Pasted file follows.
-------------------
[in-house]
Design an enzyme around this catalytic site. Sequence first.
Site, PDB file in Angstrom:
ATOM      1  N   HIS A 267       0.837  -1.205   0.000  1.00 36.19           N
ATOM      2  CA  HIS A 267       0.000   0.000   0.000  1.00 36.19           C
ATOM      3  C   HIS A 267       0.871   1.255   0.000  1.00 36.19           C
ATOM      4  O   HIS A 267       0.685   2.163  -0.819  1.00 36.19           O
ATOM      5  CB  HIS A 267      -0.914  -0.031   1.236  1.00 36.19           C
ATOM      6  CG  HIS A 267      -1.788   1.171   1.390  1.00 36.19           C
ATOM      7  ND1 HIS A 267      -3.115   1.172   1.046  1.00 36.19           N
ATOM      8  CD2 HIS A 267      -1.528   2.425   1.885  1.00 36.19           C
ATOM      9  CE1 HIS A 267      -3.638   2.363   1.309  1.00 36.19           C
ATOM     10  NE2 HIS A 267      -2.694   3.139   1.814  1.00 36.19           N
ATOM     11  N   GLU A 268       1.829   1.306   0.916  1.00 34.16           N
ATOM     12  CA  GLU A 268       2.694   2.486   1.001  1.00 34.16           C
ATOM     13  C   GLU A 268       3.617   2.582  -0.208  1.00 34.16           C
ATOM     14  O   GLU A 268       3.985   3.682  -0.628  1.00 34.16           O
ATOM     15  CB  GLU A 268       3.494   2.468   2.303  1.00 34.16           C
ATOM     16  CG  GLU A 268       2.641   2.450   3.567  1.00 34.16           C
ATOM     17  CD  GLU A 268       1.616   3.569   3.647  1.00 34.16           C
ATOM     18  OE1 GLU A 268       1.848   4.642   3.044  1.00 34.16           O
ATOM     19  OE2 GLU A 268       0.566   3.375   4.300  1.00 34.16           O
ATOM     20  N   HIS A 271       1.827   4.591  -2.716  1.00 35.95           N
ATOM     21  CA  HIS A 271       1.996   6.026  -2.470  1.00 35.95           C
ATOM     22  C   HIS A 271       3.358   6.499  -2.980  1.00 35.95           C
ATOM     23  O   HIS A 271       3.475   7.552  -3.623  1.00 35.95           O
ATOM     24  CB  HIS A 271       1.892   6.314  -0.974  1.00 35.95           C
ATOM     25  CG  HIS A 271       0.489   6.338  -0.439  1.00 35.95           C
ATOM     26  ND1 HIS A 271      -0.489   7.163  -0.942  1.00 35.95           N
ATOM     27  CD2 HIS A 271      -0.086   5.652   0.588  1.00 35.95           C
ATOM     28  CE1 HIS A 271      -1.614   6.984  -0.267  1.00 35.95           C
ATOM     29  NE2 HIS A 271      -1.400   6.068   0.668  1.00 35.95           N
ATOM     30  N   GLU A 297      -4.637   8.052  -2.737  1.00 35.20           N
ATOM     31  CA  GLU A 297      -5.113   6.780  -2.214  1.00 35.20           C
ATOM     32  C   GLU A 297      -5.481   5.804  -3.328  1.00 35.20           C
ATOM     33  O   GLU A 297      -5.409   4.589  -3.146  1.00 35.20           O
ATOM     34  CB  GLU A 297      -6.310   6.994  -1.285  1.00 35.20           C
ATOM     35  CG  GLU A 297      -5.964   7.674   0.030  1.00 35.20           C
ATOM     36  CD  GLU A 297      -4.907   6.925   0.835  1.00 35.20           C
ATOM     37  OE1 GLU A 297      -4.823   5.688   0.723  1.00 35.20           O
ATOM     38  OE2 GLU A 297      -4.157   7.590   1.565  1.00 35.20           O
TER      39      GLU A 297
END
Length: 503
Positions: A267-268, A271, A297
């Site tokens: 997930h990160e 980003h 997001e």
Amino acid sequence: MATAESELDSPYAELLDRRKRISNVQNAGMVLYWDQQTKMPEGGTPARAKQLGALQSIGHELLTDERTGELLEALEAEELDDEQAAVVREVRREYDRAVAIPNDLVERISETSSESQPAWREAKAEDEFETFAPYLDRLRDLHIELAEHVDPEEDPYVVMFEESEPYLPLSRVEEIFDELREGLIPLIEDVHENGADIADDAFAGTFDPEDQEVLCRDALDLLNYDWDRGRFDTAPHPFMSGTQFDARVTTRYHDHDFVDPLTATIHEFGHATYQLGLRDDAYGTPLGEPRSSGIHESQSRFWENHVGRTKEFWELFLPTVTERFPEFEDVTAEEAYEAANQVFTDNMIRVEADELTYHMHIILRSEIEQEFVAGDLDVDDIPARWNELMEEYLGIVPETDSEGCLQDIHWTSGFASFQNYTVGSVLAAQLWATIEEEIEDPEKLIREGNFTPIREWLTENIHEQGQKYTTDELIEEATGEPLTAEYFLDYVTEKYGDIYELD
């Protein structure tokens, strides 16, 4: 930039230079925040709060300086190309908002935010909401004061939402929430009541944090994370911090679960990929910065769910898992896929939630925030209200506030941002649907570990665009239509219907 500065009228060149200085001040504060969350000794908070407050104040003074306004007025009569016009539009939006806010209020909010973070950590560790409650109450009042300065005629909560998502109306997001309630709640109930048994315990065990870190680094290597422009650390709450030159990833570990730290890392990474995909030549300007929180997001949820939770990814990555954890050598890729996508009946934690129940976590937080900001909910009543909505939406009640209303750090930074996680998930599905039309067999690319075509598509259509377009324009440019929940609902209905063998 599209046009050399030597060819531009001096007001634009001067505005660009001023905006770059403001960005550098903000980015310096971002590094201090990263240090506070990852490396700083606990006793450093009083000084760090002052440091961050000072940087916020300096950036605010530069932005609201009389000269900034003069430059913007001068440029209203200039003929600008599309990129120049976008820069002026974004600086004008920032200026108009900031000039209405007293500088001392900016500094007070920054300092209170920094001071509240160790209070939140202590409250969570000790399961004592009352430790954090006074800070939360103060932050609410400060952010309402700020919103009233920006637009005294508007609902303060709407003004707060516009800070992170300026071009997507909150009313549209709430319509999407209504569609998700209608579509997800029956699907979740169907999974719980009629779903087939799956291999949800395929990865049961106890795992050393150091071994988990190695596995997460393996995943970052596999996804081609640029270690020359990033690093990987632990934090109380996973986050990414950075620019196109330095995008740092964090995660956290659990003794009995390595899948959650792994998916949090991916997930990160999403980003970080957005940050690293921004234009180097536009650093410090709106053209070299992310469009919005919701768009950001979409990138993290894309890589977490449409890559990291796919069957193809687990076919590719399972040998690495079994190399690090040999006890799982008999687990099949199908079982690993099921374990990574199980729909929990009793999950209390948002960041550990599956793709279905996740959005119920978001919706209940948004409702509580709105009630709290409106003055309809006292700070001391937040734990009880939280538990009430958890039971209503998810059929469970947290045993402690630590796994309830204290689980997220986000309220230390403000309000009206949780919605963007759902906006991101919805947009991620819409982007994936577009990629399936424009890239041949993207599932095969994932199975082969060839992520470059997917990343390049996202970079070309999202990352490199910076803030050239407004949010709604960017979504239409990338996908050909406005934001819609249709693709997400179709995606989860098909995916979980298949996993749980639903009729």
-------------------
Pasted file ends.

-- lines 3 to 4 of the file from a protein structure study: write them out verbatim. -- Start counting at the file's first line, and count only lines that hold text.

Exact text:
Site, PDB file in Angstrom:
ATOM      1  N   HIS A 267       0.837  -1.205   0.000  1.00 36.19           N